Molten lava boiling, flowing, and eventually hardening. A journey of discovery through lines, layers, and what connects them. The curious combination of pain and pleasure felt when eating spicy food.
These simple descriptions hardly do justice to the three wonderful, brand-new orchestral creations by the TSO’s NextGen Composers—Fjóla Evans, Matthew-John Knights, and Luis Ramirez—that audiences will experience during the final Masterworks program of our 2022/23 season and our Centennial as a whole. The sold-out concerts, conducted by Music Director Gustavo Gimeno and running from June 16 to 18, also includes Shostakovitch’s Symphony No. 1, and Rachmaninoff’s Piano Concerto No. 3 performed by sensational pianist and TSO Spotlight Artist Yuja Wang.
The TSO's NextGen Composer program was established in 2020 to support the development of early career composers ready to expand their skills in orchestral composition. Three promising Canadian composers are selected each year and given opportunity to write five-minute orchestral works for the TSO. Throughout the process, the NextGens are mentored by TSO Composer Advisor Gary Kulesha and RBC Affiliate Composer Alison Yun-Fei Jiang with workshops in score preparation by TSO Principal Librarian Chris Reiche Boucher.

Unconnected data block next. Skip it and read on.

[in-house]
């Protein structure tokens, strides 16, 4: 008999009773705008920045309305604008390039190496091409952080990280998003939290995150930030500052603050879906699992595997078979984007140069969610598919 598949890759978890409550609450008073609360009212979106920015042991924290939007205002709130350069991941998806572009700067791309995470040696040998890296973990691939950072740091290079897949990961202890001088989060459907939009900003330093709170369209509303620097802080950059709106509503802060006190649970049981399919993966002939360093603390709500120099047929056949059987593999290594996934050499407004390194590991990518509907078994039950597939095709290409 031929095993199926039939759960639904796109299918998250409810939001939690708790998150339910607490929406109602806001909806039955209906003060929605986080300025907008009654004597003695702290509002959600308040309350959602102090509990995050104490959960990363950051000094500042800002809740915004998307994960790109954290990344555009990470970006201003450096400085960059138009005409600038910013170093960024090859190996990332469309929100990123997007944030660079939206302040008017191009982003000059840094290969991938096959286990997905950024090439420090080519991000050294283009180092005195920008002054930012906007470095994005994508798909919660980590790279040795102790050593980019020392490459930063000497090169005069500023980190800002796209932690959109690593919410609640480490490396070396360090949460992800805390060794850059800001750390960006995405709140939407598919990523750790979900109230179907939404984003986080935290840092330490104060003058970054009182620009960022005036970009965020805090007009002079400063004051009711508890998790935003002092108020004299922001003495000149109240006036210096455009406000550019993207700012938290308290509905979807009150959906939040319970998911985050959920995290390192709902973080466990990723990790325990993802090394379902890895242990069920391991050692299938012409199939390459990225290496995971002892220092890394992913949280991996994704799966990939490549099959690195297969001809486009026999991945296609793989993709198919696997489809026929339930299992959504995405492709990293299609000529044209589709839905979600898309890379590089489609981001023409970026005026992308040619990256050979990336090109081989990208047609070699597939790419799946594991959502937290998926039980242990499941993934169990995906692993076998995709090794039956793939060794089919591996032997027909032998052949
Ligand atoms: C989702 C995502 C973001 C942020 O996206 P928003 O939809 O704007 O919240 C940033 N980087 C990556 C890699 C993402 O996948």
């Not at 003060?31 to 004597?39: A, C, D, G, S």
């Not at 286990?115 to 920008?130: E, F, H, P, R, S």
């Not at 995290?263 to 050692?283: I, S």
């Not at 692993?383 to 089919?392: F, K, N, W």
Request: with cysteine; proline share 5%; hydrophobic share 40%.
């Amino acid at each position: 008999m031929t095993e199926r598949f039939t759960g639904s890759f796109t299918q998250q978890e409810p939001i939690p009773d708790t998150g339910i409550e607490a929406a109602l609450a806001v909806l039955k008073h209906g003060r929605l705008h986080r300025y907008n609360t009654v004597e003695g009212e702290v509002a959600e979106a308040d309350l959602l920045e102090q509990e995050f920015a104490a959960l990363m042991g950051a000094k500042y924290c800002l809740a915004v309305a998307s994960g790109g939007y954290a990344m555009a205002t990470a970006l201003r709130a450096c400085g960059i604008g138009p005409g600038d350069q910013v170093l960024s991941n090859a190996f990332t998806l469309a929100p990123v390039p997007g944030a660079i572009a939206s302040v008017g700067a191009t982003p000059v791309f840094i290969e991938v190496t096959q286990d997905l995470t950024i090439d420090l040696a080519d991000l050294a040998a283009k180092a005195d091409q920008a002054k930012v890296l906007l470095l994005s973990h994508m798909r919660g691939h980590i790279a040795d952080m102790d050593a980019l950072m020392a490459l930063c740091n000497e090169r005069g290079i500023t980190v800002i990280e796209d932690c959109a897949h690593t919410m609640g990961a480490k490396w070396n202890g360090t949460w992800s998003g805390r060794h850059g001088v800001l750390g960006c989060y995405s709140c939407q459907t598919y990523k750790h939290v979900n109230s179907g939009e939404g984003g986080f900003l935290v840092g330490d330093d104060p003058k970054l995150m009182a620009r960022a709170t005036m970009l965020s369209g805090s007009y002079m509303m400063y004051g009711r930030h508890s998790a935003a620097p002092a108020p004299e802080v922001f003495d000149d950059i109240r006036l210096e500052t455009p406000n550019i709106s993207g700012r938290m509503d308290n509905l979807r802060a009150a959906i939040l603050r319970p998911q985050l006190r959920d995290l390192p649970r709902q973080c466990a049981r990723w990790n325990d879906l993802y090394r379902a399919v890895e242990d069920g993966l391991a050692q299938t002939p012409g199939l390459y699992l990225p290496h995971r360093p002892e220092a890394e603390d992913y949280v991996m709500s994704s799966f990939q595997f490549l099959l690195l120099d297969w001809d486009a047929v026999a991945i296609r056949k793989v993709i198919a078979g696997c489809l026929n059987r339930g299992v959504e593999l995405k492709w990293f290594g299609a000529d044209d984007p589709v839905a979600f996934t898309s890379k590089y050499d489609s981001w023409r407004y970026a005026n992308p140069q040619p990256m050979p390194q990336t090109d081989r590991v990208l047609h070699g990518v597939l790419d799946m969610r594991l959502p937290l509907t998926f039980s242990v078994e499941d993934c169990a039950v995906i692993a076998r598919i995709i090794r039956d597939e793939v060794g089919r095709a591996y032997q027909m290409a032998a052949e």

And how do this season’s resulting pieces fit into this particular concert? Gustavo explains:
“A defining element of the program is the placement of new works by our NextGen Composers adjacent to Shostakovich’s First Symphony,” he says. “One of the reasons I love the NextGen program is because it allows us to investigate the area between very fresh and fully established in each creator’s artistry, which is where their distinct personality begins to present itself. Similarly, what you hear in Shostakovich’s First is an artist who is young, creative, searching.”